ele ələ verb, intransitive
<°uloMotaulohowl, cry
Ne tō vë ele wë nōk, tate pero të ne metave ni tōt.When cocks crow like this, it means that the day is soon going to break.
en̄we1 əŋʷə noun
Toga form for ēn̄we ‘house’
en̄we2 əŋʷə verb, transitive
Toga form for ēn̄we ‘weed, prepare garden’
ere1 ərə verb, transitive
hit, strike ‹s.th., s.o.› (with a club+)
ere letlithit so as to break in two
ere teletalehit so as to break into pieces, smash
ere mēse / ere pepunstrike dead (one / several)
Merawehih ni ole none wun̄or ni ere teletale n' ēke.M. took his club and smashed the canoe into pieces.
ere2 ərə noun
a small bamboo slit drum, beaten (lēn̄we) with two wooden sticks (qët-len̄welēn̄we), esp. during ne wēt dance
ere3 ərə noun
Goat's Foot vine, a creeping plant found on beachesIpomoea pes-caprae.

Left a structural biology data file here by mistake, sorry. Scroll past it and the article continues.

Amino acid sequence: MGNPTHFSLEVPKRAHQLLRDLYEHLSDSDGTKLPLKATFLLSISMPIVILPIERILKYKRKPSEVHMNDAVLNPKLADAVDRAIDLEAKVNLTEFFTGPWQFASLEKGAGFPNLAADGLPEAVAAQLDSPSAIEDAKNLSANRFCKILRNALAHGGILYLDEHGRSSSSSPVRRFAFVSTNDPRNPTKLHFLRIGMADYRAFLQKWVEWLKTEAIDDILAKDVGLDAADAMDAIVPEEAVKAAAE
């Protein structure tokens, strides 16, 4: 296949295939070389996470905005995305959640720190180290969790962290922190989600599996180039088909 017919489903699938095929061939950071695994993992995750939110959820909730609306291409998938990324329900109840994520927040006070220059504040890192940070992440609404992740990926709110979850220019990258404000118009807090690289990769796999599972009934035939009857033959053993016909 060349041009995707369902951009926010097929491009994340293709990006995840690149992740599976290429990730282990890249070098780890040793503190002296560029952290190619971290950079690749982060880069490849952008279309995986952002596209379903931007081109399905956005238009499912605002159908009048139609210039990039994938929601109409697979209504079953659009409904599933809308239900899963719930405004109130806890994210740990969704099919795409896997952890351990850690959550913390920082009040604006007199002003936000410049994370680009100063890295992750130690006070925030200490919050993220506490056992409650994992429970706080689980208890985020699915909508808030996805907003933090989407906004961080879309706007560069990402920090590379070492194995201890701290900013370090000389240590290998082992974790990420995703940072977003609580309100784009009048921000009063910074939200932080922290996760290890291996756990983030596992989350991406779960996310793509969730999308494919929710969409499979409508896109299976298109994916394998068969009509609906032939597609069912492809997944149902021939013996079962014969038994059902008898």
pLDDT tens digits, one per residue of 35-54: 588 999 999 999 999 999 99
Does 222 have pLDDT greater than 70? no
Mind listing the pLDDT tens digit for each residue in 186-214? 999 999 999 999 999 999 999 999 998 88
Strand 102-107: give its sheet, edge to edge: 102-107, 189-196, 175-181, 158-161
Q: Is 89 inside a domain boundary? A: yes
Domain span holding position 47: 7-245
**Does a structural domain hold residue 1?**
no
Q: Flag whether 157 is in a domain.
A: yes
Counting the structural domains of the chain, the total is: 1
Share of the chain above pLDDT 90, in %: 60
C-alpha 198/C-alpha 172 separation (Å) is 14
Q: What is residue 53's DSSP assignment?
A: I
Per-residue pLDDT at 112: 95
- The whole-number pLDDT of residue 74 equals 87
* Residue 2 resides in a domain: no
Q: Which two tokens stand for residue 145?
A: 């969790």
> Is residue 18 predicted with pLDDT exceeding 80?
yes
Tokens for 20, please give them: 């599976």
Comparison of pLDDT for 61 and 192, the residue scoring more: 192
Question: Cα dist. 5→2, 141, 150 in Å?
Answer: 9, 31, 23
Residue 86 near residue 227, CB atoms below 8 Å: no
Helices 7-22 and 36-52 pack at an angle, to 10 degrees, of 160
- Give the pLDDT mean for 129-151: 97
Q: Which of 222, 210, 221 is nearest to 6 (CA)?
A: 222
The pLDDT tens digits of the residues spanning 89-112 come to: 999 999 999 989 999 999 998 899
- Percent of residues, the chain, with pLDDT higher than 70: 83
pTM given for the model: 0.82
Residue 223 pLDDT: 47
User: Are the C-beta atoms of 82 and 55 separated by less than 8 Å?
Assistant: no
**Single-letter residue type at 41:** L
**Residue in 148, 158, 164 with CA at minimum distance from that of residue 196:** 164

📘 Also known as n' ere te lo ‘seashore Goat's Foot vine’.
ete ətə verb, intransitive
<°utoMotautocome above the surface in water
1s.o.swim under surface of water, dive
2esppractise underwater fishing
Kal mino mat melit, noke tat ho ete p' ē.My spear is broken, I can't use it for dive-fishing any more.
evë əβɛ interrogative
where?, be where?
Ne hen̄wëvot mino evë?Where is my knife? [lit. my knife (is) where?]
Alē ni tu ni itur të evë nihe të g' ake tog' ē.He stood up and observed, contemplating u:where they were going to settle.
MorphologyThis longer form evë is used in stressed positions (predicate, focus, contrastive structures); a shorter form is the default in unstressed (esp. adverbial) positions.